So: Doctor versus Professor; what's the break-down? What do you get called, what did you call your own professors, and why? And can we make any generalizations about the uses of these two titles?
I attended college and graduate school at an institution where no one outside of the medical school was ever addressed as doctor. Indeed, until about age 26, the only PhDs I'd ever known who went by that title were the couple of teachers at my high school who'd held doctorates--and that made sense: they deserved a title other than mister, surely, even if one of them was famous for teaching a film studies class that involved doing nothing other than screening films and assigning the occasional 1-page response paper.
So for a long time, when I didn't know any, I thought that PhDs who went by doctor were vain and insecure little people whose sole accomplishment had probably been getting that degree, and who had most likely done so at some crappy little school somewhere.
At some point, however, I became aware that quite a lot of PhDs went by that title, and I noticed that some of the explanation seemed to be regional: when I'd go to conferences in the South, for instance, everyone was doctor-ing up a storm. It also seemed to be a more common title at smaller schools, which suggested that maybe it was the institutions that were status-conscious or a bit insecure--they wanted it to be clear that their faculty were professionals.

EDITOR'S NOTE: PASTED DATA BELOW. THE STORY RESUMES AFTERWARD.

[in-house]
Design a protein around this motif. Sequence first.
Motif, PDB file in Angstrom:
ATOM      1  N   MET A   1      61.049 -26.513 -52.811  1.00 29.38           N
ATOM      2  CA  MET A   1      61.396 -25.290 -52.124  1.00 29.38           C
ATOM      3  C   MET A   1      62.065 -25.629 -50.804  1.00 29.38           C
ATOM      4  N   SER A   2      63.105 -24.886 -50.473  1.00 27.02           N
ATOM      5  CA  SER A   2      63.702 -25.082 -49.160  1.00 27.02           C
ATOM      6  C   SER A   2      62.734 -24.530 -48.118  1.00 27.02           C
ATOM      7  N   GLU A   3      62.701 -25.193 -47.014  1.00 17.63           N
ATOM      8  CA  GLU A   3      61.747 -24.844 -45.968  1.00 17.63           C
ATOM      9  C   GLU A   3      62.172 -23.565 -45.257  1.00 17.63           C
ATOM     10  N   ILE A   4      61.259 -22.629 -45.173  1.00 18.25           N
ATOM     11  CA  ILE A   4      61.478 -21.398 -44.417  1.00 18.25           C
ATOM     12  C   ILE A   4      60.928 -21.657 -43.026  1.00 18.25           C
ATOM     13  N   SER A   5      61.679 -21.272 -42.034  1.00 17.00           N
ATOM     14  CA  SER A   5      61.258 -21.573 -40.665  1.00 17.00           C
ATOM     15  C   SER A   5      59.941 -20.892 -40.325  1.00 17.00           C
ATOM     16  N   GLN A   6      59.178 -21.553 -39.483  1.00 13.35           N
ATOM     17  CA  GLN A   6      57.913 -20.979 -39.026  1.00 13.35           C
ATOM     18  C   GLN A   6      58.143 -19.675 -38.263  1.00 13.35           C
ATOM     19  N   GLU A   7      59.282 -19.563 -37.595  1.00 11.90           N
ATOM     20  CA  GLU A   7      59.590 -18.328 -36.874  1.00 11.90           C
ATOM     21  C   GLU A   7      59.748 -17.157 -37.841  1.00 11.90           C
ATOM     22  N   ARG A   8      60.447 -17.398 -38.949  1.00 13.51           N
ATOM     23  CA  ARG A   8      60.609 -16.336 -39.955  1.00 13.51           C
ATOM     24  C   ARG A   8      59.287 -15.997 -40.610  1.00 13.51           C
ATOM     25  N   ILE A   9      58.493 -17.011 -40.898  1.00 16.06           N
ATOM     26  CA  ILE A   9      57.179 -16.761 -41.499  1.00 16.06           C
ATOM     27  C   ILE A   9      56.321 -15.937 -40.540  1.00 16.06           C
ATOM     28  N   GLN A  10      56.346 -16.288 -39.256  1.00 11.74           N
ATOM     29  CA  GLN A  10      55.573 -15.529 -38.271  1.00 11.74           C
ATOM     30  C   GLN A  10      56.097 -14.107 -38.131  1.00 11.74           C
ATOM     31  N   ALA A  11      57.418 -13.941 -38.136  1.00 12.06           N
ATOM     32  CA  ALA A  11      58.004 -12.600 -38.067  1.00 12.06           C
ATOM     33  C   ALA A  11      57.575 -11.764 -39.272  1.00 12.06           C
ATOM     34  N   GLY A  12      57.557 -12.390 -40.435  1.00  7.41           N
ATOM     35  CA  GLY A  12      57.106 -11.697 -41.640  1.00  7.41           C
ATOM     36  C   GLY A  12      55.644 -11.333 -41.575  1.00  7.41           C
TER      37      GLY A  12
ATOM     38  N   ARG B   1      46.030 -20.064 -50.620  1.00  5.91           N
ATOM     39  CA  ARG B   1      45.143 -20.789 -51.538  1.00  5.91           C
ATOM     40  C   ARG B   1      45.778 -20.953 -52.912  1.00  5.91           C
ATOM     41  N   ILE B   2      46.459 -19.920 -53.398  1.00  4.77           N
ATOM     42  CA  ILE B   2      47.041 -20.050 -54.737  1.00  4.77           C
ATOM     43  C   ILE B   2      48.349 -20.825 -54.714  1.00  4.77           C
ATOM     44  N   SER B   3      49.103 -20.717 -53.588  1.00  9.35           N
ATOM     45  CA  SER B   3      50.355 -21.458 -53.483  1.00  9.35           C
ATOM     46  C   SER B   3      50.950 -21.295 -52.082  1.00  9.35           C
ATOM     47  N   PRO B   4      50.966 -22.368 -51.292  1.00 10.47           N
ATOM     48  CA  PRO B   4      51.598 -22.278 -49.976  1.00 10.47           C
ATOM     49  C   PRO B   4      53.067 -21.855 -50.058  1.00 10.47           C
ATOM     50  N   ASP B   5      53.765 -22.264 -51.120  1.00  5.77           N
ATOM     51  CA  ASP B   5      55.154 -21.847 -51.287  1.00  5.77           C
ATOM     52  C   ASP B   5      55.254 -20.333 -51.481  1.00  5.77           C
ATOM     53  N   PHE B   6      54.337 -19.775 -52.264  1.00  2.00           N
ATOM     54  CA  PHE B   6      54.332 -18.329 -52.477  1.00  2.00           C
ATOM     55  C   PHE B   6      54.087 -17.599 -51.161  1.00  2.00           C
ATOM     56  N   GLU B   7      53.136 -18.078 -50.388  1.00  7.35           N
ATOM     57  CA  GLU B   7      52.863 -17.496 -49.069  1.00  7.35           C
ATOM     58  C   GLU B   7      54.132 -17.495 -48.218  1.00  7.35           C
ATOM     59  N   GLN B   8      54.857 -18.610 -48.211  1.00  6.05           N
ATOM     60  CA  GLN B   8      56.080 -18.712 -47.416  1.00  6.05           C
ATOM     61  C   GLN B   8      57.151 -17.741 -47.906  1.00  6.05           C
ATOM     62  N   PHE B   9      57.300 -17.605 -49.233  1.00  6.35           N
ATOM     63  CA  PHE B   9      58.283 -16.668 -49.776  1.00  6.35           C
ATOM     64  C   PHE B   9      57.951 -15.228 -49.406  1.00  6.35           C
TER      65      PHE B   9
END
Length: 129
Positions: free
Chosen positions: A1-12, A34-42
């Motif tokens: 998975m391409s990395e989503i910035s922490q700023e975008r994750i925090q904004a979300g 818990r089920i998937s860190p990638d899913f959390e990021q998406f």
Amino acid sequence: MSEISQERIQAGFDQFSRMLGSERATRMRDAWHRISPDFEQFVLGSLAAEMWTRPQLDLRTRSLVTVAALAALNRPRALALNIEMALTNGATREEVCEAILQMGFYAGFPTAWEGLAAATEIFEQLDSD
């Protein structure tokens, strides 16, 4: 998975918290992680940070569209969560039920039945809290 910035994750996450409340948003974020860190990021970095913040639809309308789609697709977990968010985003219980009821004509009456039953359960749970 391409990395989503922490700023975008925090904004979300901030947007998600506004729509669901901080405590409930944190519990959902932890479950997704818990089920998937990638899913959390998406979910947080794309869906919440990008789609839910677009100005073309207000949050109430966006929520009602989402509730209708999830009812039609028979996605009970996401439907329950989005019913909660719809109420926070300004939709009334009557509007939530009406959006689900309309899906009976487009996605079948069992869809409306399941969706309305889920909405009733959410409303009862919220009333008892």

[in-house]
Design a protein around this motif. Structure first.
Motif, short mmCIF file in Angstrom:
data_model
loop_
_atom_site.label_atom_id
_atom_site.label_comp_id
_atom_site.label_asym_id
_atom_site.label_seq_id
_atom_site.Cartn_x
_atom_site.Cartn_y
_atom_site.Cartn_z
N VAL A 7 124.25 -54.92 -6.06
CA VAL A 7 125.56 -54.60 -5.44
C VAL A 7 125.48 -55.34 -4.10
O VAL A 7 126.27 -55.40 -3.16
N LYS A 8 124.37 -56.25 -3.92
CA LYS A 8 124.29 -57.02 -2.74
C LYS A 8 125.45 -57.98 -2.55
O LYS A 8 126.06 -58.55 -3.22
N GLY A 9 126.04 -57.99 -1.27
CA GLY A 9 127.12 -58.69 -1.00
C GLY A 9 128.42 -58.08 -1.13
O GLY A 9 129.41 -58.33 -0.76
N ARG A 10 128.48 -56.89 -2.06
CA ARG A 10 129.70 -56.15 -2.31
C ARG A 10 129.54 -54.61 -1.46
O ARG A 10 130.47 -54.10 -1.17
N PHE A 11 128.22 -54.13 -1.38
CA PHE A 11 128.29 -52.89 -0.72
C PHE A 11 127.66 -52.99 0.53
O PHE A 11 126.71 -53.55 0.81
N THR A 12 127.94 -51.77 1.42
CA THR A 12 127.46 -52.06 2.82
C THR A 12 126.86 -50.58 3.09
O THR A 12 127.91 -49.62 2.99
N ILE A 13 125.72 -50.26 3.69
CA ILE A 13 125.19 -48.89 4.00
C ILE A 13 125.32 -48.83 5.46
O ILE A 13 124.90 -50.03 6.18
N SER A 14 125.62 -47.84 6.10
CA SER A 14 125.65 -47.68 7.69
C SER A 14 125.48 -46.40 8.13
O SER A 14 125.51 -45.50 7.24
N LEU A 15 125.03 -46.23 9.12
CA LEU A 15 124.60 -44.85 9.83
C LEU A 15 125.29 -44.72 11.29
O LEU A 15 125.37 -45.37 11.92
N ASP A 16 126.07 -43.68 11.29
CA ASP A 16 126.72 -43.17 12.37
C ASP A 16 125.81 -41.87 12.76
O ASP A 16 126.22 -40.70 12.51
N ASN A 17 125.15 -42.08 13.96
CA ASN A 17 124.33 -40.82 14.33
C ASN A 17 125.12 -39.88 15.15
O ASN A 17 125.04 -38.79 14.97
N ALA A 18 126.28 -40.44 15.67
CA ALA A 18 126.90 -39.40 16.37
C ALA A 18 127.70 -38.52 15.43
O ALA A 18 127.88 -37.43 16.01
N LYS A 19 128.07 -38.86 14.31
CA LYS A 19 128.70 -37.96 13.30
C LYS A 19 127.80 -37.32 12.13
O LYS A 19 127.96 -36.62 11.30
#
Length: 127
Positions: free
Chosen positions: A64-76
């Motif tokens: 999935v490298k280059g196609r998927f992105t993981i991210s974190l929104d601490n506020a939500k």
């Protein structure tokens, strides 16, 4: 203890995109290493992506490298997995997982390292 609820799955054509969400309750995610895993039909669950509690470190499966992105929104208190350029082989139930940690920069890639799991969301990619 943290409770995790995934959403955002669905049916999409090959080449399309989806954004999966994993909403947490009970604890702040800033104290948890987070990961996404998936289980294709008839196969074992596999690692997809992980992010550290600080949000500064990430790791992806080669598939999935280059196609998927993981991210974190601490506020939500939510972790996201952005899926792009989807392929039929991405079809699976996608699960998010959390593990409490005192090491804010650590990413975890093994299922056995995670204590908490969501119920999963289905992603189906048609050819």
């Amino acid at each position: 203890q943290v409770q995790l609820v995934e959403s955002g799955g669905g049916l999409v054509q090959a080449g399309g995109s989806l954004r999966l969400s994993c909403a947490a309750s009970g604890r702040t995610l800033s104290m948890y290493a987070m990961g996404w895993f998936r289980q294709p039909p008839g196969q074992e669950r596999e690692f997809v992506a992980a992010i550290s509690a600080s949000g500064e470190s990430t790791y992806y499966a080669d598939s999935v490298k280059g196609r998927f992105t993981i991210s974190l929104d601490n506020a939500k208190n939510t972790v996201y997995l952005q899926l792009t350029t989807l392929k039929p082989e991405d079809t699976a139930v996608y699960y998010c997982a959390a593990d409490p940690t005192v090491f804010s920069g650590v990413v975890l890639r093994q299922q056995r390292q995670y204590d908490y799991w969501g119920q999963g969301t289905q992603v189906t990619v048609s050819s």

So, the south, and smaller schools. That was my working theory until I got to Big Urban--a research university in a Northeastern city where, you guessed it: every last person with a doctorate went by doctor (except, initially, me: no one sent me that particular memo, and so I introduced myself to my students as Professor Fescue--only to receive emails from students that began, "Dear Dr. Smith, Dr. Jones, Dr. Brown, and Professor Fescue"). Admittedly, Big Urban isn't a premier research university, and my new institution--where I've been introduced as Doctor Fescue approximately a bazillion times in the past week--isn't a research institution at all.
But even so, I'm not sure that my old theories are holding up, so I thought I'd take this highly unscientific poll: if you're an academic in the United States or Canada, where are you, what do you get called, and is this your own preference or your institution's? How do you understand those preferences? Do you perceive there to be regional differences? And if so, what are they (north/south, east/west, urban/rural, blue state/red state, etc.)? Does institutional size or reputation make the difference? Or is it all totally random?